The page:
Being Modern: Fondation Louis Vuitton Brings MoMA To Paris
A vast, nautically inspired building reminiscent of the Sydney Opera House rises from the Bois de Boulogne, one of the grandest parks in Paris. In the three short years since it opened, the Frank Gehry-designed Fondation Louis Vuitton has developed a reputation not only for its impressive looks, but for bringing some of the world’s most extraordinary art to the French capital. Its recent landmark exhibition of works from the renowned Shchukin Collection, staged in conjunction with the State Hermitage Museum in St Petersburg, was deemed by experts to be one of the most important shows in recent history.
This autumn, the Fondation Louis Vuitton continues its tradition of collaborating with foreign galleries, joining forces with New York’s Museum of Modern Art, or MoMA, to bring to Paris 200 remarkable canvases, including works by American artists such as Diane Arbus, Philip Guston and Andy Warhol that have never been shown in France. The exhibition opens in October and runs until March next year.
“I wanted ‘Being Modern: MoMA in Paris’ to fall within the tradition of our previous major exhibitions such as ‘Keys to a Passion,’ 2015, and ‘Icons of Modern Art: The Shchukin Collection,’ 2016,” says Bernard Arnault, the president of the Fondation Louis Vuitton. “All three have been organised in close collaboration with some of the world’s most prestigious international modern art museums. This exhibition marks, once again, our desire to provide the widest possible audience with the opportunity to engage with some of the world’s most remarkable works of art.”
Alongside the great American artists, the Fondation Louis Vuitton and MoMA will be showing work by a number of European artists on home turf for the first time in decades. MoMA’s collection is still dominated by European art, largely due to the fact that when Alfred Barr founded the Manhattan museum in 1929, he was deeply inspired by fauvism and cubism, movements that were partially founded in France. So masterpieces by European artists such as Paul Cézanne, Gustav Klimt, Pablo Picasso, Henri Matisse, Giorgio de Chirico and René Magritte will be attracting art-lovers from around the country who have never had the chance to see a number of their pieces in France.
“This exhibition has two objectives: to show in Paris works that represent pivotal moments in the history of modern art, while eliciting the impact that the expanded and renovated MoMA will have on the international landscape,” says Suzanne Pagé, the artistic director of the Fondation Louis Vuitton.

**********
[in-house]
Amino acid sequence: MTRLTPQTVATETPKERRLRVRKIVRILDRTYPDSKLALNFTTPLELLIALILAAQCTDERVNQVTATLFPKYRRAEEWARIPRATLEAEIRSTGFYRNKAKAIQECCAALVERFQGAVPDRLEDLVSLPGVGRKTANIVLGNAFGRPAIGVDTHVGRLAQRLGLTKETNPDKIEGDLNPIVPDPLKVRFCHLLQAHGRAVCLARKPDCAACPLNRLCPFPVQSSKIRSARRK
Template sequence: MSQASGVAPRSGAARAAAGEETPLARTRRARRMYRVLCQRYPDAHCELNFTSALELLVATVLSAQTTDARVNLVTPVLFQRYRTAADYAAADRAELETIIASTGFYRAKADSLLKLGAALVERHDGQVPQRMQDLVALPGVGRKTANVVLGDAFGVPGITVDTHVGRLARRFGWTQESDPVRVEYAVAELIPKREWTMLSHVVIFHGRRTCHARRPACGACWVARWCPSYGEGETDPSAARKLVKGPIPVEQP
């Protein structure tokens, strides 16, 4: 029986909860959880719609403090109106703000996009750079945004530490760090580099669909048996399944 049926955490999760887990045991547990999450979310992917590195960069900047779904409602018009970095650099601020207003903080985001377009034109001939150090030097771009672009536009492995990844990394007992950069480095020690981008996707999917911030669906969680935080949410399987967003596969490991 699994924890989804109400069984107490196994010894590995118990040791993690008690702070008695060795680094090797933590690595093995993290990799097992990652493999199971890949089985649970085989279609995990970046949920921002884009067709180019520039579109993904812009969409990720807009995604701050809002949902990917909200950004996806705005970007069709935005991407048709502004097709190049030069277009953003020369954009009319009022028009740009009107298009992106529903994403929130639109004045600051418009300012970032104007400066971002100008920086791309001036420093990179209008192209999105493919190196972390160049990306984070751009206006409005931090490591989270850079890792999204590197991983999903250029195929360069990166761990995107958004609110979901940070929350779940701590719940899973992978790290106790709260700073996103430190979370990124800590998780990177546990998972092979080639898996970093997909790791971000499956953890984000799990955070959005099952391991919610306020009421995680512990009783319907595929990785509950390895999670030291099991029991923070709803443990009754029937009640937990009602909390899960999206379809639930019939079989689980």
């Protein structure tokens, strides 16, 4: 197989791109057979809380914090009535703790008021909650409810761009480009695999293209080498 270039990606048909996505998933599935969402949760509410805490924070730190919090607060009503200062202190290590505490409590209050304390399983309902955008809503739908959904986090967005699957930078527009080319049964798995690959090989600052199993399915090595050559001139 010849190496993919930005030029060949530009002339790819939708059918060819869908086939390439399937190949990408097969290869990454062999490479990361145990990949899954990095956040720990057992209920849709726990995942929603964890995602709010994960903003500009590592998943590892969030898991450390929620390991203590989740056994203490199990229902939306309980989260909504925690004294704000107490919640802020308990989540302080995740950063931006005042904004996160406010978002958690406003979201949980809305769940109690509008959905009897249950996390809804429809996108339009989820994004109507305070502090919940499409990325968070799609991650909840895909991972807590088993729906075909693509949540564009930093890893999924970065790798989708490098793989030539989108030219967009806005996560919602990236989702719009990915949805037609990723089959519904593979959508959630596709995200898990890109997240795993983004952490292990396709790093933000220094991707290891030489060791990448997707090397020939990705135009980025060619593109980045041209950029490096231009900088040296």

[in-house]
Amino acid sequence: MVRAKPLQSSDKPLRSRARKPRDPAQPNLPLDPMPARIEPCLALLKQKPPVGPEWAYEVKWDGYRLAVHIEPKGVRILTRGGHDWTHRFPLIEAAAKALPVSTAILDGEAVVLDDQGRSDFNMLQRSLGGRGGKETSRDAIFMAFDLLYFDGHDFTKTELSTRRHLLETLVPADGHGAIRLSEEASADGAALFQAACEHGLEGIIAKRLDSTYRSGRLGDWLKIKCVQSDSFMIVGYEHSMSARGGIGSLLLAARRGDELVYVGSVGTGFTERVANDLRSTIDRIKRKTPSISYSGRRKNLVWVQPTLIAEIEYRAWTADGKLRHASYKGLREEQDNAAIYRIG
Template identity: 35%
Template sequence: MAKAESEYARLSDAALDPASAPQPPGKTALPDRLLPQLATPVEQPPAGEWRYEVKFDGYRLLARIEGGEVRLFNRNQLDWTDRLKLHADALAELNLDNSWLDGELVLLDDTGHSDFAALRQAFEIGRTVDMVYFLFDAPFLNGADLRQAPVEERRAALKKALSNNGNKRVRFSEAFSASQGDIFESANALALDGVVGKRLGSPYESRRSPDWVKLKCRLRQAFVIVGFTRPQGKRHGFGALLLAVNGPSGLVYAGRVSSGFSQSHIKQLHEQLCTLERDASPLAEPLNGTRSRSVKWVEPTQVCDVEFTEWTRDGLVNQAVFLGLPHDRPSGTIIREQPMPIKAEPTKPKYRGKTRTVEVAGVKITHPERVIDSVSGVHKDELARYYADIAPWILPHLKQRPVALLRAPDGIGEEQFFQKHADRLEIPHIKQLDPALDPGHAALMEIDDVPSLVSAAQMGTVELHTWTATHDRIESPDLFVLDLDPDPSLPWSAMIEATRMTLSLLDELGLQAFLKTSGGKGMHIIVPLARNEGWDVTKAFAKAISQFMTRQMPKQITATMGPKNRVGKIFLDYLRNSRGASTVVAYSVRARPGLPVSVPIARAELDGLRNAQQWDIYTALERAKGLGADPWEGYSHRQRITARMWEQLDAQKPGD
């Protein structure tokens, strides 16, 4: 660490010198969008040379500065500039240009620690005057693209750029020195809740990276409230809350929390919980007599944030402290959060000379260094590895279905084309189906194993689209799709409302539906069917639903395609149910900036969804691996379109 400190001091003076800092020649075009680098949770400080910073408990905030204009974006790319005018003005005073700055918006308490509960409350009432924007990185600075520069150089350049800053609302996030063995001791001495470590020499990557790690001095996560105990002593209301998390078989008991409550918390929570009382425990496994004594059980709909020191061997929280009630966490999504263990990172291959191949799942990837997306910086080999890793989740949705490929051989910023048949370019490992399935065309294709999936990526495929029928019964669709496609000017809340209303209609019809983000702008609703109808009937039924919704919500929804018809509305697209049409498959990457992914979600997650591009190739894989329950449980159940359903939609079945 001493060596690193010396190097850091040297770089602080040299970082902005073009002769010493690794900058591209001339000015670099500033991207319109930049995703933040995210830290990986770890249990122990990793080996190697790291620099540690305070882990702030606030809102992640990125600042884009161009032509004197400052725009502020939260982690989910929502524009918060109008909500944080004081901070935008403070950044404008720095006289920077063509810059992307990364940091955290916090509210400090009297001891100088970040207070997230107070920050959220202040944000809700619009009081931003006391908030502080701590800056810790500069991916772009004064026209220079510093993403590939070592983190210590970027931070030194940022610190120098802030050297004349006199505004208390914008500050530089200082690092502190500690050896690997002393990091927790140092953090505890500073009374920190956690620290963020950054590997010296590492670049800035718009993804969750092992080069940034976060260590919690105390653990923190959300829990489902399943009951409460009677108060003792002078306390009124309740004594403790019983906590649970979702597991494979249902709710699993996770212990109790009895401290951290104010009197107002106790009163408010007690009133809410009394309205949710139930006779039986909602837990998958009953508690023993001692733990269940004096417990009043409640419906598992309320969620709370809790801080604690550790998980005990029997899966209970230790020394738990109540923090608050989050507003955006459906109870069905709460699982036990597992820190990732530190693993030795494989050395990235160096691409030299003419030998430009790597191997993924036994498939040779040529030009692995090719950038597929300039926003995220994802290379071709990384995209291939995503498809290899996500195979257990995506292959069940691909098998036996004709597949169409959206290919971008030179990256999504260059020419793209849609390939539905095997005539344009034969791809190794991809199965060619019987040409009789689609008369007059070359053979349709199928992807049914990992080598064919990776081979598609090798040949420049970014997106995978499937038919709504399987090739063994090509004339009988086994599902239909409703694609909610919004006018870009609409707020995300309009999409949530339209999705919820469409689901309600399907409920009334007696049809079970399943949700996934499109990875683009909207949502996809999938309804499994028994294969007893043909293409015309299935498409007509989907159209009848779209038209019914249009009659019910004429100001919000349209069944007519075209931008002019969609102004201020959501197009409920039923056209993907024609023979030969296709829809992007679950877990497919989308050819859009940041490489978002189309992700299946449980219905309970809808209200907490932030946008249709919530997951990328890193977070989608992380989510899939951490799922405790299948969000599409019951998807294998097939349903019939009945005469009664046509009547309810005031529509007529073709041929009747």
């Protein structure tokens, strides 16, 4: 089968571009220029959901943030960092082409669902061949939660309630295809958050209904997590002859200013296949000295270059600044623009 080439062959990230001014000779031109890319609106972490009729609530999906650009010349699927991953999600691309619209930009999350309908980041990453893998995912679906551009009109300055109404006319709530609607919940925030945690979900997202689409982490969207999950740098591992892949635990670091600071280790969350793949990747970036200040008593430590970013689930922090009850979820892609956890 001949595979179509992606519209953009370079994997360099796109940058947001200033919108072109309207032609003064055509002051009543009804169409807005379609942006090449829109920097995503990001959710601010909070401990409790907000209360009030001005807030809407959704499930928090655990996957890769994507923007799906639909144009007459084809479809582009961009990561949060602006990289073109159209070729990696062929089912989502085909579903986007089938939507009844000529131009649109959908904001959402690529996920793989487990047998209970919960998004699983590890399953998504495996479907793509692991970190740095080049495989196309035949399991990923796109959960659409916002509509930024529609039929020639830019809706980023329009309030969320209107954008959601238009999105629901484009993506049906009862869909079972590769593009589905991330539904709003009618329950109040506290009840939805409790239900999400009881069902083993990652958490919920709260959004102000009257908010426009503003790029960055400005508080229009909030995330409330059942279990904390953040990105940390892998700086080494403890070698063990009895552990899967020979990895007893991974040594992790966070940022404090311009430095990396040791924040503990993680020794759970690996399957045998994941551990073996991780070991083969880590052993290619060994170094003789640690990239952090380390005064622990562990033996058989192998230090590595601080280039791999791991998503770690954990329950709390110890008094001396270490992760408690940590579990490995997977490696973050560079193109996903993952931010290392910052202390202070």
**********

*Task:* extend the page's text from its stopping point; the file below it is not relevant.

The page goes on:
Hugely inspired in her personal career by MoMA, Pagé believes that through its 200 artworks, Being Modern: MoMA in Paris will tell a clear, concise story of the great New York institution’s roots and the ideas it was founded on—a story that is understandably more difficult to tell in the vast, expanded and renovated MoMA in Manhattan.
“We return to one of the founding principles of the museum: that its interests lie in the various manifestations of a modern aesthetic across multiple disciplines,” says Glenn Lowry, the director of MoMA. “This is the promise of the idea of a museum of modern art. And while this promise has been contested, revised and reinterpreted over time—as it will continue to be in the future—it is fundamental to ensuring that the Museum of Modern Art stands for a generous and broad understanding of modern art.”
Particularly notable artworks in this exhibition include Picasso’s The Studio, which shows off the vivid palette of synthetic cubism, and Cézanne’s The Bather, in which the traditional subject matter of a young man swimming is set against a barren background with a very modern sense of ambiguity imbuing the canvas.
And while Paris may be home to some of the most venerable art institutions in the world, the combination of Bernard Arnault’s vision, Frank Gehry’s masterpiece and America’s most prestigious modern art museum is one that for a few months may eclipse even the sultry smile of the Mona Lisa.
Being Modern: MoMA in Paris can be seen at the Fondation Louis Vuitton from October 11 to March 5.